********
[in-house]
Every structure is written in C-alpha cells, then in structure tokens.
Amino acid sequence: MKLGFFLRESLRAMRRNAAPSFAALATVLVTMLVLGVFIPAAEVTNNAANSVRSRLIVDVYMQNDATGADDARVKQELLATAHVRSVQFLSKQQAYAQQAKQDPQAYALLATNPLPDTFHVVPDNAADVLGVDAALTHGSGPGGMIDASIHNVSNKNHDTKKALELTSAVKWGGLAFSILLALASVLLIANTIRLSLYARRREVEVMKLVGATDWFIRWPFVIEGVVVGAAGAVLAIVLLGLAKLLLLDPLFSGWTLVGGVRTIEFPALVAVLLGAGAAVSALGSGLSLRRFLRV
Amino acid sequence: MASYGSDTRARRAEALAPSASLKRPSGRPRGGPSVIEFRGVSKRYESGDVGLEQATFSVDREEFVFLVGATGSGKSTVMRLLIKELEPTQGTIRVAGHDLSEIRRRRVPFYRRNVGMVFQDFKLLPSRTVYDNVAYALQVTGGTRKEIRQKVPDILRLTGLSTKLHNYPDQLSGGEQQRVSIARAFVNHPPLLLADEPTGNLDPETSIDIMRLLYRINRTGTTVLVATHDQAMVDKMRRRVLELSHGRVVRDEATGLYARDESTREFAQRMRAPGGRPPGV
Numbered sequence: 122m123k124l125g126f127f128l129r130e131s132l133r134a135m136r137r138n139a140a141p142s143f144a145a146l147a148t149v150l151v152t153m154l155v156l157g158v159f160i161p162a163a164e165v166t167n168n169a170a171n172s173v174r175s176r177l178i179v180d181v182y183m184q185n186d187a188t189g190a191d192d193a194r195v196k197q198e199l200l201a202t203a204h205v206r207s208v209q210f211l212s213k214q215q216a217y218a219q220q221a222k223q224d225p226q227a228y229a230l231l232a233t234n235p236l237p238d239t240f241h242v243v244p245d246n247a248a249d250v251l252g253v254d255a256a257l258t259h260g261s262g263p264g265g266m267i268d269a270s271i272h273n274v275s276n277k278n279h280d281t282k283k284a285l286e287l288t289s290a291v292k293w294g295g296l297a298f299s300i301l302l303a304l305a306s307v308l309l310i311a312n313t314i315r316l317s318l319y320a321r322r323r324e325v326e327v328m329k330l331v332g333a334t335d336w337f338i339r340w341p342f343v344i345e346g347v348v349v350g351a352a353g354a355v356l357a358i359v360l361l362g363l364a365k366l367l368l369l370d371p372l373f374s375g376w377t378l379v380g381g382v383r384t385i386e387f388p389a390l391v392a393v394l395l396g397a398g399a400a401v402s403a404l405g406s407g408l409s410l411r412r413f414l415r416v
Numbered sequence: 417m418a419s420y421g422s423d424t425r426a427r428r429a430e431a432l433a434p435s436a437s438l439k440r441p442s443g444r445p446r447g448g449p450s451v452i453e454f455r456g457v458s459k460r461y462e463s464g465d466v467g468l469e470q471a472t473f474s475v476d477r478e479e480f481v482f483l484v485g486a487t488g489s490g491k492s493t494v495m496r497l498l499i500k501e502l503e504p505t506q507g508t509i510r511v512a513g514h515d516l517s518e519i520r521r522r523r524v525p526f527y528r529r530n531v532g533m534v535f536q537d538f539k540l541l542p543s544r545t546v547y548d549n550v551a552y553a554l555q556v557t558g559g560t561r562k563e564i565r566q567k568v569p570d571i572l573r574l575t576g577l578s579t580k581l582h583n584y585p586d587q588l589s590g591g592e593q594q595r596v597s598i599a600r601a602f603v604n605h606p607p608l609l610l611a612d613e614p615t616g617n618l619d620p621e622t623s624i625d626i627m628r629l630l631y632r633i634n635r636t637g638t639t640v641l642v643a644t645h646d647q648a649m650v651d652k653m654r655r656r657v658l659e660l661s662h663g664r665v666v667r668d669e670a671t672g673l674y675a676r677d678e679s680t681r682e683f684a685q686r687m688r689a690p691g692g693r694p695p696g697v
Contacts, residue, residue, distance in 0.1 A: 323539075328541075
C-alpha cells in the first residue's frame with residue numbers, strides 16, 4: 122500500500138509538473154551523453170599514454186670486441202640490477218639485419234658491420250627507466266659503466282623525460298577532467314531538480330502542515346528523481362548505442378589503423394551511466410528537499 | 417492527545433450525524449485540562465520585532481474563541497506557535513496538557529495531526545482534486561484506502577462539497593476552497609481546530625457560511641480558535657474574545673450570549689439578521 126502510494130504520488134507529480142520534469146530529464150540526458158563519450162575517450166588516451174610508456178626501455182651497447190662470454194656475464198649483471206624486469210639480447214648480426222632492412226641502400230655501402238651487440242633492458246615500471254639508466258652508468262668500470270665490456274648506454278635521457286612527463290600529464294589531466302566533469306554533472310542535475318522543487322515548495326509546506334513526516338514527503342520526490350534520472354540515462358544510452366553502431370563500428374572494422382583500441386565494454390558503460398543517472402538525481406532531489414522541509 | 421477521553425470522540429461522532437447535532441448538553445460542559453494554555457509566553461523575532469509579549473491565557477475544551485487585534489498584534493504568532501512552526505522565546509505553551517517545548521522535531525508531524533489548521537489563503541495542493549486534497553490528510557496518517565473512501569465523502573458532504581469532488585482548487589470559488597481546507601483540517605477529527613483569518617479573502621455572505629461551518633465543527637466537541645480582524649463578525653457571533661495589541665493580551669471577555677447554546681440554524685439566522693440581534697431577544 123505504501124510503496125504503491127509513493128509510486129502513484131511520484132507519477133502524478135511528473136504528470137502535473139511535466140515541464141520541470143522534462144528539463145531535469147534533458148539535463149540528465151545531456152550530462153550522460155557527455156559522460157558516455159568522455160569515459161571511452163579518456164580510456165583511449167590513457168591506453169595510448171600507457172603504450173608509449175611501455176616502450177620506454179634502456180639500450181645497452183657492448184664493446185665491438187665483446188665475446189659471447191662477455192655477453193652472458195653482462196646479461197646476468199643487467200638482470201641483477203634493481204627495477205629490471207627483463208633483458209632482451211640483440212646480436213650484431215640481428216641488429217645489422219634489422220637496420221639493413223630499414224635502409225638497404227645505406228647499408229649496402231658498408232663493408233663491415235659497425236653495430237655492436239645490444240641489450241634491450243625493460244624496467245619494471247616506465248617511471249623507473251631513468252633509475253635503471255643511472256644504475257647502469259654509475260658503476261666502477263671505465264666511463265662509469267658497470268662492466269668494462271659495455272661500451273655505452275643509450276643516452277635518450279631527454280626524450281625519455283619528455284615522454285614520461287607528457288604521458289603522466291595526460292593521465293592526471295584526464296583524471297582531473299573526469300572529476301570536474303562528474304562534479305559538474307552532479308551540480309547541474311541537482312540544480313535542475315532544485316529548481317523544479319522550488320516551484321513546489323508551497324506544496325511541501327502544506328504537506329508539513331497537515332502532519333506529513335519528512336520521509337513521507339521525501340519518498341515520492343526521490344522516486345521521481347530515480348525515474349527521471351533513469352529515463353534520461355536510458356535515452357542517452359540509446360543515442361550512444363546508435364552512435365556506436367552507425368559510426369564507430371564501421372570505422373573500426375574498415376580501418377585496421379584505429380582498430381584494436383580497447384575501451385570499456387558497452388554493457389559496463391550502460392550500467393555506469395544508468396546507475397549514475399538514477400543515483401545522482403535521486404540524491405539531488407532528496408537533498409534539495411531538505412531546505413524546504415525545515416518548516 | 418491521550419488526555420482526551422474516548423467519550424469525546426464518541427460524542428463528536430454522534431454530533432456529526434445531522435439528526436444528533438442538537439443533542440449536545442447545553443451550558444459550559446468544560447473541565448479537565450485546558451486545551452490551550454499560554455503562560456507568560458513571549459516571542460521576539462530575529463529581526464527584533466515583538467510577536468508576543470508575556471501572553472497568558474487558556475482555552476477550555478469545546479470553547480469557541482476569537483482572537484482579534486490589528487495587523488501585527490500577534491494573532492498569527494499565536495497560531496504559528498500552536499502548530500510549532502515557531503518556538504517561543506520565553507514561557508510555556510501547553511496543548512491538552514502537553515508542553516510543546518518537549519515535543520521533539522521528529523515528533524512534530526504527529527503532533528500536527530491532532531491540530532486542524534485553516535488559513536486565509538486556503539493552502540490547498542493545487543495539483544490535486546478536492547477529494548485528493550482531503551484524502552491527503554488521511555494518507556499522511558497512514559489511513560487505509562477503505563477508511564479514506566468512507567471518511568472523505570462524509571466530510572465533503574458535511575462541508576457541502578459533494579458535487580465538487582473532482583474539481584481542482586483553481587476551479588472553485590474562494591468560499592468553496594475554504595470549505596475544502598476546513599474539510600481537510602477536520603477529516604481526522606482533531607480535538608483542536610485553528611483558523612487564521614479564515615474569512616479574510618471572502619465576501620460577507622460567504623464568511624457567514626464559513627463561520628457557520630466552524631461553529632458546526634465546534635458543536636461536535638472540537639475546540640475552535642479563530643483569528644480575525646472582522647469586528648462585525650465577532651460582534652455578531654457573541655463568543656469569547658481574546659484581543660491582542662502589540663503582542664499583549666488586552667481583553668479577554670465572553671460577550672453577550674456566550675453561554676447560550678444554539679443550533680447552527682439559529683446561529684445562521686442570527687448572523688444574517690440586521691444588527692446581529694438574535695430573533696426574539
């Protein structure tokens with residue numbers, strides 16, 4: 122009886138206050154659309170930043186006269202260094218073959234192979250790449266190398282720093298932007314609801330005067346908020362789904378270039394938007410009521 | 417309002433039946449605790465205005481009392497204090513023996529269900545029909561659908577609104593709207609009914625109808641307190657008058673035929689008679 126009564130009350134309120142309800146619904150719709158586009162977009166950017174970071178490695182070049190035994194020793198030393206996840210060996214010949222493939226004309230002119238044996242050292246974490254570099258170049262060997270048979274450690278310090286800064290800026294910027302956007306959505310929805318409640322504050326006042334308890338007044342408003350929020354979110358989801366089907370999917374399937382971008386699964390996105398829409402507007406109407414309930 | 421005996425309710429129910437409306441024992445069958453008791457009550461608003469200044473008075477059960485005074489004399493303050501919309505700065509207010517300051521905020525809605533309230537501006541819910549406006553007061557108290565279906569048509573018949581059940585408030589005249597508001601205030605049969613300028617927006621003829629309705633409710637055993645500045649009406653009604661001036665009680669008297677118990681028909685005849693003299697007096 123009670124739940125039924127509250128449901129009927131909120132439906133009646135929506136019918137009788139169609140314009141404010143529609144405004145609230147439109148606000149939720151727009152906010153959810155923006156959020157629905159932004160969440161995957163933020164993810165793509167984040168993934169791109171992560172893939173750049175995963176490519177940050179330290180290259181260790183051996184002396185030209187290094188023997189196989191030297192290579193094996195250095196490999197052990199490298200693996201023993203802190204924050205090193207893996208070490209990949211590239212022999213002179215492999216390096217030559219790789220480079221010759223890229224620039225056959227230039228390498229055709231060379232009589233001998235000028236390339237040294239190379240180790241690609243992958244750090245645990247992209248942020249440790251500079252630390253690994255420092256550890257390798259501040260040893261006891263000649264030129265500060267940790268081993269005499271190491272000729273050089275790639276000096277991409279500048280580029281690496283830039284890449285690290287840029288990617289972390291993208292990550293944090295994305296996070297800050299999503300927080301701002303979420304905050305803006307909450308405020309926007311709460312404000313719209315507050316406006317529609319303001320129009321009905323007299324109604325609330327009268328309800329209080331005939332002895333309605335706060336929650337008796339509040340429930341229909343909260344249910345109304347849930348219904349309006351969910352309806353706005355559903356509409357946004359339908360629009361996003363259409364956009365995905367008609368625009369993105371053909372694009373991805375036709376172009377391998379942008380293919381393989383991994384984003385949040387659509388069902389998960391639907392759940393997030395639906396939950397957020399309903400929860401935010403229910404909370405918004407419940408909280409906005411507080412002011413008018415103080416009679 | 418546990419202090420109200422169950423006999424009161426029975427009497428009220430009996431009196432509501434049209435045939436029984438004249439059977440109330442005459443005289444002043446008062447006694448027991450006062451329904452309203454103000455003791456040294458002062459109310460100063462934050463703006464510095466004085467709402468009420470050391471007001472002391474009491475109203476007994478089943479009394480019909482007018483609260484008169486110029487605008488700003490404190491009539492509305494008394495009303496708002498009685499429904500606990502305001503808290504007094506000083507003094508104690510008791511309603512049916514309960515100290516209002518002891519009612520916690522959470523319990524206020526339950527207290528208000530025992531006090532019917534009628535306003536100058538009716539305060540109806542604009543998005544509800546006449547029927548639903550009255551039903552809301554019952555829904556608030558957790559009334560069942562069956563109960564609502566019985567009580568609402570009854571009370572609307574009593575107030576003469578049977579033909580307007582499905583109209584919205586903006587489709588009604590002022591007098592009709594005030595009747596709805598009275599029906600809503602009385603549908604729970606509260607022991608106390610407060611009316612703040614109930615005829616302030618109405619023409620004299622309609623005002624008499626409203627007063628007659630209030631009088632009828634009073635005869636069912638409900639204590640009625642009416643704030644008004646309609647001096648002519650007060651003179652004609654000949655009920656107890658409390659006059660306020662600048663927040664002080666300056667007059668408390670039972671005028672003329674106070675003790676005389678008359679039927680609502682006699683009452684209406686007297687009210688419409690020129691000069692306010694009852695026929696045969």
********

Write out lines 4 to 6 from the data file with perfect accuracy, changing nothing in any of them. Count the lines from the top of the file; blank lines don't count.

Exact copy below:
Amino acid sequence: MASYGSDTRARRAEALAPSASLKRPSGRPRGGPSVIEFRGVSKRYESGDVGLEQATFSVDREEFVFLVGATGSGKSTVMRLLIKELEPTQGTIRVAGHDLSEIRRRRVPFYRRNVGMVFQDFKLLPSRTVYDNVAYALQVTGGTRKEIRQKVPDILRLTGLSTKLHNYPDQLSGGEQQRVSIARAFVNHPPLLLADEPTGNLDPETSIDIMRLLYRINRTGTTVLVATHDQAMVDKMRRRVLELSHGRVVRDEATGLYARDESTREFAQRMRAPGGRPPGV
Numbered sequence: 122m123k124l125g126f127f128l129r130e131s132l133r134a135m136r137r138n139a140a141p142s143f144a145a146l147a148t149v150l151v152t153m154l155v156l157g158v159f160i161p162a163a164e165v166t167n168n169a170a171n172s173v174r175s176r177l178i179v180d181v182y183m184q185n186d187a188t189g190a191d192d193a194r195v196k197q198e199l200l201a202t203a204h205v206r207s208v209q210f211l212s213k214q215q216a217y218a219q220q221a222k223q224d225p226q227a228y229a230l231l232a233t234n235p236l237p238d239t240f241h242v243v244p245d246n247a248a249d250v251l252g253v254d255a256a257l258t259h260g261s262g263p264g265g266m267i268d269a270s271i272h273n274v275s276n277k278n279h280d281t282k283k284a285l286e287l288t289s290a291v292k293w294g295g296l297a298f299s300i301l302l303a304l305a306s307v308l309l310i311a312n313t314i315r316l317s318l319y320a321r322r323r324e325v326e327v328m329k330l331v332g333a334t335d336w337f338i339r340w341p342f343v344i345e346g347v348v349v350g351a352a353g354a355v356l357a358i359v360l361l362g363l364a365k366l367l368l369l370d371p372l373f374s375g376w377t378l379v380g381g382v383r384t385i386e387f388p389a390l391v392a393v394l395l396g397a398g399a400a401v402s403a404l405g406s407g408l409s410l411r412r413f414l415r416v
Numbered sequence: 417m418a419s420y421g422s423d424t425r426a427r428r429a430e431a432l433a434p435s436a437s438l439k440r441p442s443g444r445p446r447g448g449p450s451v452i453e454f455r456g457v458s459k460r461y462e463s464g465d466v467g468l469e470q471a472t473f474s475v476d477r478e479e480f481v482f483l484v485g486a487t488g489s490g491k492s493t494v495m496r497l498l499i500k501e502l503e504p505t506q507g508t509i510r511v512a513g514h515d516l517s518e519i520r521r522r523r524v525p526f527y528r529r530n531v532g533m534v535f536q537d538f539k540l541l542p543s544r545t546v547y548d549n550v551a552y553a554l555q556v557t558g559g560t561r562k563e564i565r566q567k568v569p570d571i572l573r574l575t576g577l578s579t580k581l582h583n584y585p586d587q588l589s590g591g592e593q594q595r596v597s598i599a600r601a602f603v604n605h606p607p608l609l610l611a612d613e614p615t616g617n618l619d620p621e622t623s624i625d626i627m628r629l630l631y632r633i634n635r636t637g638t639t640v641l642v643a644t645h646d647q648a649m650v651d652k653m654r655r656r657v658l659e660l661s662h663g664r665v666v667r668d669e670a671t672g673l674y675a676r677d678e679s680t681r682e683f684a685q686r687m688r689a690p691g692g693r694p695p696g697v